Jonesborough, Tenn.—The International Storytelling Center (ISC) has been approved for a $30,000 Art Works grant for Storytelling Live!, its world-renowned Teller-in-Residence program. This 26-week annual series invites master storytellers from around the U.S. and abroad to week-long residencies in Jonesborough, Tennessee. Overall, the National Endowment for the Arts (NEA) has approved 1,187 grants totaling $27.3 million in the first round of fiscal year 2020 funding to support arts projects in every state in the nation, as well as the District of Columbia and Puerto Rico.
“The arts are at the heart of our communities, connecting people through shared experiences and artistic expression,” said Arts Endowment chairman Mary Anne Carter. “The National Endowment for the Arts is proud to support projects like Storytelling Live! from the International Storytelling Center.”
Now in its 19th year, the popular Storytelling Live! series is a showcase that draws from the nation’s top talent. Each week, ISC invites a different “teller in residence” to Jonesborough for five days of live storytelling performances. Designed to complement the National Storytelling Festival, Storytelling Live! features tellers who specialize in a variety of oral traditions, including song and poetry, which rely on the spoken word. On top of daily performances, many of our tellers stack their schedules with local appearances at schools and hospitals. And in 2019, ISC launched Kids Storytelling Institute as part of the Storytelling Live! program, an initiative that pairs curriculum with an immersive arts experience to create a unique educational opportunity for teachers and students. In its inaugural year, nearly 800 fifth-graders from across the region experienced live storytelling for the first time in a state-of-the-art cultural institution.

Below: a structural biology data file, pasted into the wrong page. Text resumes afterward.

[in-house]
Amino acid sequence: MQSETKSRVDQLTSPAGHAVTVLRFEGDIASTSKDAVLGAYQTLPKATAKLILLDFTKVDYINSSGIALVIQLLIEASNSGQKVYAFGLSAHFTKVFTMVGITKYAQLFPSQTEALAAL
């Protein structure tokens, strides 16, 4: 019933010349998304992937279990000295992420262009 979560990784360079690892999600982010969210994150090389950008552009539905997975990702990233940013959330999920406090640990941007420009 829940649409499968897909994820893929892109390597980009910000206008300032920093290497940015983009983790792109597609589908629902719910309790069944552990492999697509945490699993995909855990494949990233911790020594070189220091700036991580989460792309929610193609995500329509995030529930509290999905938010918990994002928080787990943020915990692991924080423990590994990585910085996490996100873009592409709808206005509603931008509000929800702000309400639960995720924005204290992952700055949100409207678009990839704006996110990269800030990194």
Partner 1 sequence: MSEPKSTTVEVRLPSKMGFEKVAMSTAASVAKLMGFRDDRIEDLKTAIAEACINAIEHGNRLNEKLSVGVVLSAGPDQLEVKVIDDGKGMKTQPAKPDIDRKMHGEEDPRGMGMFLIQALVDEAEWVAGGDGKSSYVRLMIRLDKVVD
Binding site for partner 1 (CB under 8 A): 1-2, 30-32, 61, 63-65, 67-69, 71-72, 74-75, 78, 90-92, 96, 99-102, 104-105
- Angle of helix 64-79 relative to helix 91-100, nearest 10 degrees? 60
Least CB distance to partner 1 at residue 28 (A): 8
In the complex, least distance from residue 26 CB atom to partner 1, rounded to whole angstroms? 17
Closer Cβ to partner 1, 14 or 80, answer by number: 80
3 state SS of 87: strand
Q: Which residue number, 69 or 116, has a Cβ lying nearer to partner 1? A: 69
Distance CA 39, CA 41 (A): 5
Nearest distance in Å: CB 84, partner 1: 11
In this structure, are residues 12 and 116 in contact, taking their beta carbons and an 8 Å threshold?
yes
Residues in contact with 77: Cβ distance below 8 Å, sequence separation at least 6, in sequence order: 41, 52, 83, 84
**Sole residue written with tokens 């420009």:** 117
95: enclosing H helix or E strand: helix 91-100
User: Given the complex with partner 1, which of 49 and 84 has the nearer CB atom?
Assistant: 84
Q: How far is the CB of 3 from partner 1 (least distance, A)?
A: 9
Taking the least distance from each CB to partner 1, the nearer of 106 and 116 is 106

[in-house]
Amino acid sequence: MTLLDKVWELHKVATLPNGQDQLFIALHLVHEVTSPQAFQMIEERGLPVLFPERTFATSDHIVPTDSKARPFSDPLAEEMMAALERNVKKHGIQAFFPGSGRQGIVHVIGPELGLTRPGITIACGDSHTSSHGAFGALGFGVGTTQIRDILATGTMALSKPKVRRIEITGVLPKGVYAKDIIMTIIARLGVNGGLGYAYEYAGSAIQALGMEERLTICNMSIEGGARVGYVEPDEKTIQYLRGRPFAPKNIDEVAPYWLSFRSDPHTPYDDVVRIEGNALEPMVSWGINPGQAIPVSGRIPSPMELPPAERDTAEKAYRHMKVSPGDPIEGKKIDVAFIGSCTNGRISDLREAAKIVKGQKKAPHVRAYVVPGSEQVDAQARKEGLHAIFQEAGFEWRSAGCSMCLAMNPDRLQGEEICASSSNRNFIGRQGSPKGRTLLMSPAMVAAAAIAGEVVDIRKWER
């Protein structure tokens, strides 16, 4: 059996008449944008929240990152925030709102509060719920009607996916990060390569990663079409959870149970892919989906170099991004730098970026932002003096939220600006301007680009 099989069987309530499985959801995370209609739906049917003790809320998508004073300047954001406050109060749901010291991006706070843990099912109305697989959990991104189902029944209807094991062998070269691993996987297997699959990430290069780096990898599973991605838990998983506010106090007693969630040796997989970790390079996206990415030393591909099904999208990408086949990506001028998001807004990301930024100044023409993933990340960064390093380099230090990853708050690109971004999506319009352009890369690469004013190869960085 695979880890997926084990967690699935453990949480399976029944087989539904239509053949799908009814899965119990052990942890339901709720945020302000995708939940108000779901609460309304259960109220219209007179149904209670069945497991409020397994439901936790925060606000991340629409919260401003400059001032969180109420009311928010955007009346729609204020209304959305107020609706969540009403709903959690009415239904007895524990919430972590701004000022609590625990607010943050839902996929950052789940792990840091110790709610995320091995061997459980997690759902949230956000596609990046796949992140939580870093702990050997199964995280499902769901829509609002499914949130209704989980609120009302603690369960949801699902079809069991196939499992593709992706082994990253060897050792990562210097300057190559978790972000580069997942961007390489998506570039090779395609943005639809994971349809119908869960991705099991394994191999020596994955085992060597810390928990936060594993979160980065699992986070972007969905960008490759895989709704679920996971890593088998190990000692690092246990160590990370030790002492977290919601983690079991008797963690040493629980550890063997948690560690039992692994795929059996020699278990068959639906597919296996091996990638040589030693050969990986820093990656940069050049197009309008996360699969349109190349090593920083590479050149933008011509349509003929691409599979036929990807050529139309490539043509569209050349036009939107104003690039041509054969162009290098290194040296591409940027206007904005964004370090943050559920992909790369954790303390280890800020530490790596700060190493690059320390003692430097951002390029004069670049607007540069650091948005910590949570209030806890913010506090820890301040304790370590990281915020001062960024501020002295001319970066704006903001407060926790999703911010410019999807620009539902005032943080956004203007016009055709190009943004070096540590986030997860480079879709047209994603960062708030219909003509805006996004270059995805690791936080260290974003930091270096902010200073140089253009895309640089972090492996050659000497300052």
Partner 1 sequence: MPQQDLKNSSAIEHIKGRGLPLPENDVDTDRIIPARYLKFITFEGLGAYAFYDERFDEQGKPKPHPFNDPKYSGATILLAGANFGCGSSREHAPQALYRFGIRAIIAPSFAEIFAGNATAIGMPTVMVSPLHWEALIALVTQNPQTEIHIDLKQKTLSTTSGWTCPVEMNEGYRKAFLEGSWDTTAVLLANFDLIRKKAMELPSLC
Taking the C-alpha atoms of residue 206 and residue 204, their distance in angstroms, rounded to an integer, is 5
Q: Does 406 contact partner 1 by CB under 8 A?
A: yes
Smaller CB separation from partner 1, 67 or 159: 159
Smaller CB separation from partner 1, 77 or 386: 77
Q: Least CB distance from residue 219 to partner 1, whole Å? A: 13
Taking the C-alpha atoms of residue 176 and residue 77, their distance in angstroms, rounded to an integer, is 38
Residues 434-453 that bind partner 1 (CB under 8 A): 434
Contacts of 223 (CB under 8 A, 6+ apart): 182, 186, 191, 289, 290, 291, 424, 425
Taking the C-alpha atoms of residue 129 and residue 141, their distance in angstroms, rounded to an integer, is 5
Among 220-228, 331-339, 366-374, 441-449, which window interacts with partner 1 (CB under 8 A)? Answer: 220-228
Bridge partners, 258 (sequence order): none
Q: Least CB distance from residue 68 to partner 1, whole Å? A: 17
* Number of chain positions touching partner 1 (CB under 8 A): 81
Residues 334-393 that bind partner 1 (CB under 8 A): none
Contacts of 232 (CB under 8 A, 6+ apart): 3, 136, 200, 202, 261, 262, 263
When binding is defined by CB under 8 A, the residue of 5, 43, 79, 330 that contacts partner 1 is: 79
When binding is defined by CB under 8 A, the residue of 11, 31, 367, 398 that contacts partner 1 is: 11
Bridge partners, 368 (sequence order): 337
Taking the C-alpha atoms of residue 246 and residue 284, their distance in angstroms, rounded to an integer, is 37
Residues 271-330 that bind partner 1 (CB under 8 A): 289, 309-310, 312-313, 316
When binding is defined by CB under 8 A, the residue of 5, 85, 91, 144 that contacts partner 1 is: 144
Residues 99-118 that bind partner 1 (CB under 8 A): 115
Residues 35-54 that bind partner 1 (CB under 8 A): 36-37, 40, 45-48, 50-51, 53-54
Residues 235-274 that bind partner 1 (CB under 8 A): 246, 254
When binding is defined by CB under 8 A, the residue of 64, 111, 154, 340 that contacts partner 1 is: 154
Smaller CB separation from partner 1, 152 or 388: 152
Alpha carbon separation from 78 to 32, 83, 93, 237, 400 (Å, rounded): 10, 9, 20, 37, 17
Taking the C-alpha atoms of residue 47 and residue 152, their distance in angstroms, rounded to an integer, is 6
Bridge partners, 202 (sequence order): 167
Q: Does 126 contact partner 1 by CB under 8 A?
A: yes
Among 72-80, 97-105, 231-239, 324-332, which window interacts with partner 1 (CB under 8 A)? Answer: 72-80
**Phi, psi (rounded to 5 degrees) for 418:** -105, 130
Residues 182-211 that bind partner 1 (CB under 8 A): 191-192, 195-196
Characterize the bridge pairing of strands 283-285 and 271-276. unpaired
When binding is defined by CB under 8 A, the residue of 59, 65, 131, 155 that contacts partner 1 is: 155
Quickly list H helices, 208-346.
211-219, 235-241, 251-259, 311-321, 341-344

The NEA announcement follows other recent ISC grant awards from the National Endowment for the Humanities and the East Tennessee Foundation. Funds from these grants will support new initiatives aimed at reaching marginalized communities. 2020 will see the development of Freedom Stories, a project that will illuminate the underappreciated and neglected aspects of African Americans in Appalachian history and highlight the role that face-to-face storytelling has played in both African and Appalachian cultures. ISC will also host a summer program called SHEro’s Journey, which helps empower adolescent girls who have been affected by Adverse Childhood Experiences (ACEs) through the lens of storytelling. Additionally, ISC will continue to expand outreach of its popular Storytelling Live! series to deliver programming to more schools and youth organizations and build on its annual Young Appalachian Story Summit event.
“Storytelling fosters connection, creativity and innovation,” says ISC President Kiran Singh Sirah. “When we can empower people to be the story they wish to see in the world, anything is possible. We’ve only seen the tip of the iceberg of what storytelling can do. We want to build on our world-class reputation and establish our campus as a true center for dialogue and innovation. We strive for our headquarters in Jonesborough to be a beacon for hope and understanding as we all work to build a better world.”
The National Storytelling Festival and Storytelling Live! Teller-in-Residence Series are proud to reach nearly 30,000 attendees of all ages from across the globe, while locally creating 111 jobs and contributing more than $7.6 million in annual economic impact.
To learn more about the NEA and other projects included in their grant announcement, visit their website.